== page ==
General Elections: Kenya, 2013

26 images Created 11 Mar 2013

In the early hours before dawn on Monday morning, Kenya seemed to be wide-awake in anticipation. Millions of voters across the country eagerly lined up at polling stations, some as early as one or two in the morning, to take part in the nation's fourth democratic multi-party election, and what many analysts say is the nation's most critical in recent history.

The March 4 election is Kenya's first general election since 2007, when post-election violence sparked by alleged rigging, ballot stuffing, and voter intimidation tore the country apart over tribal lines, leaving more than 1,000 dead and more than half a million displaced. A cloud of fear has hung over the country in recent weeks that ethnic violence could once again flare up, as it has in the past. But analysts and journalists alike have been claiming that there is a growing sense of hope that Kenya has learned from the past, reformed its institutions, and is ready to move forward.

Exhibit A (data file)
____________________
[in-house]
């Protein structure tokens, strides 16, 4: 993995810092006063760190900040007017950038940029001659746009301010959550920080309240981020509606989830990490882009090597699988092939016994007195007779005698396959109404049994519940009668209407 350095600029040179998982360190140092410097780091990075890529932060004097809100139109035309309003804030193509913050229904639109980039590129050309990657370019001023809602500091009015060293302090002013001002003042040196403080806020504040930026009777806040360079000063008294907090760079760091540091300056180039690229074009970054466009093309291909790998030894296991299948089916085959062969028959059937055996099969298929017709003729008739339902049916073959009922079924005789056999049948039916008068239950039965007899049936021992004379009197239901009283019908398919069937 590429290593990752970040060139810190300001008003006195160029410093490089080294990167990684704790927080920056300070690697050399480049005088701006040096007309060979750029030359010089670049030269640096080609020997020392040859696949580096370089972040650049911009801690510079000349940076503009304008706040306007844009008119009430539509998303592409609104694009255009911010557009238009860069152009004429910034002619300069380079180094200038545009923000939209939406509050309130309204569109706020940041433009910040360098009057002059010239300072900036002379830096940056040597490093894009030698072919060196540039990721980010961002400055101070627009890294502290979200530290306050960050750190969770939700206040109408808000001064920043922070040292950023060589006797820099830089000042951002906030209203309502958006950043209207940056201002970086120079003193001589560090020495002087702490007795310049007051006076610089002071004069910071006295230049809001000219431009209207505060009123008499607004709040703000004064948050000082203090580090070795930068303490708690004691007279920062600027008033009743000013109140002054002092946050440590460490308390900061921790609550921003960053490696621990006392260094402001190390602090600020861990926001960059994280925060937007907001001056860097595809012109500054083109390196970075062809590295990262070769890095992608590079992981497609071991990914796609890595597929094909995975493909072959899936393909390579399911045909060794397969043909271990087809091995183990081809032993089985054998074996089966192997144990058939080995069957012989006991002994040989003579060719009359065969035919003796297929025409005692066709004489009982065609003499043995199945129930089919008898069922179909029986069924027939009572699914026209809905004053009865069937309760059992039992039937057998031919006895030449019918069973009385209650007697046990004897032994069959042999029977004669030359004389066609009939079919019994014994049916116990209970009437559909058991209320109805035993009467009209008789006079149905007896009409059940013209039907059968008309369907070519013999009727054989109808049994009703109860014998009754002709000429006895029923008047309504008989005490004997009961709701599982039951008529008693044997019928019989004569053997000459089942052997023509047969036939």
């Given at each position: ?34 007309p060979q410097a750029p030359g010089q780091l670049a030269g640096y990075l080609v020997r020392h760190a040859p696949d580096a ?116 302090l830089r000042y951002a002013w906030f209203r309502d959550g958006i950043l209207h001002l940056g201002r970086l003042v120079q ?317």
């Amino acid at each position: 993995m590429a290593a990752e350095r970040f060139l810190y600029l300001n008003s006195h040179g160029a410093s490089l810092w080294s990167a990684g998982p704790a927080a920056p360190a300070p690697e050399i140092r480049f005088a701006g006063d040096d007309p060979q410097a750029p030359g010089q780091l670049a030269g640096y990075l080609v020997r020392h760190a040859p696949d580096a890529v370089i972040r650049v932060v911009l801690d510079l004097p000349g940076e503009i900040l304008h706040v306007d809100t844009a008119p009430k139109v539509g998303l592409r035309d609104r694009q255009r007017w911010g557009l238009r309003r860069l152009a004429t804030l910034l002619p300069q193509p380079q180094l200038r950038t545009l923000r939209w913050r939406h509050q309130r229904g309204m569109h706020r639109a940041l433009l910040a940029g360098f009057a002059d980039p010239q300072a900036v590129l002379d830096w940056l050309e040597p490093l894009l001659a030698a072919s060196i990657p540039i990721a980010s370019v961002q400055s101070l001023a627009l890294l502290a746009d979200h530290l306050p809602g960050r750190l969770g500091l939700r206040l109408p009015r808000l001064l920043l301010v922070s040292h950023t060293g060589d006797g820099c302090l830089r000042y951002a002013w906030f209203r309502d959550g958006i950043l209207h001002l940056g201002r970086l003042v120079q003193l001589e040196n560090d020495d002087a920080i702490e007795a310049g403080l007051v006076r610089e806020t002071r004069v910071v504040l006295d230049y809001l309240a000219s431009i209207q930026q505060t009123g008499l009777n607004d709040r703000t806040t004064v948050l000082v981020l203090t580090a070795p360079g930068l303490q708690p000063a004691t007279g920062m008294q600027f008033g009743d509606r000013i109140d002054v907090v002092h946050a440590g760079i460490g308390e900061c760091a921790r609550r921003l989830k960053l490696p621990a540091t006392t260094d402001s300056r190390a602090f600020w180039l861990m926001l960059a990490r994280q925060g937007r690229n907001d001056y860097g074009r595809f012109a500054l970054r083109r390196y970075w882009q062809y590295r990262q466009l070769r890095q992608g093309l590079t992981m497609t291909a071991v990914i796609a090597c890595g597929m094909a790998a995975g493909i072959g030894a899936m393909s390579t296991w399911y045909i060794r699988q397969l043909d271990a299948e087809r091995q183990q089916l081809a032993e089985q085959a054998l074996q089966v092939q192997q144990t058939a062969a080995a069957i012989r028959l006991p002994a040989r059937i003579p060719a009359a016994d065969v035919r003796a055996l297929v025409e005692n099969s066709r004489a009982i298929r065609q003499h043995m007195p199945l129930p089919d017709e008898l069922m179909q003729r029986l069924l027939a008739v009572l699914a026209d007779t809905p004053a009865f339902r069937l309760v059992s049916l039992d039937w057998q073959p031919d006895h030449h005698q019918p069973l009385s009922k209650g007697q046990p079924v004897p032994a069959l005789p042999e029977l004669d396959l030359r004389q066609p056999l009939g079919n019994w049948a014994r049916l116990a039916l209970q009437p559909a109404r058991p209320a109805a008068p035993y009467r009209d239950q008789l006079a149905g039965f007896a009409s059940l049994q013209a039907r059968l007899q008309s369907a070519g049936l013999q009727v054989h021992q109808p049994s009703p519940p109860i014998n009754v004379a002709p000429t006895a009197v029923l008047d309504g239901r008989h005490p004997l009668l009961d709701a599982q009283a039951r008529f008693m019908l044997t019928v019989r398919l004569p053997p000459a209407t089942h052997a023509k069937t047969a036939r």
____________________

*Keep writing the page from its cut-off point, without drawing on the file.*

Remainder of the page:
In an effort to help reform the country's voting system and implement a widely popular new constitution approved in a peaceful 2010 referendum, this election has also been the most complex in Kenya's history. New biometric voter registration technology has been introduced to reduce fraudulent voting, and for the first time voters cast a total of six ballots to fill new county positions, part of Kenya's process of devolving central government control into 47 counties.

Election day itself was marked by unprecedented voter turnout- pover 86% followed by incredibly long polling station lines. Voters waited patiently, in some cases upwards of nine or ten hours under a sweltering sun, to cast their vote.

Despite the long lines, glitches in electronic voter registration systems, power outages, and some confusion over polling stations queues, voters remained by and large peaceful throughout the country.
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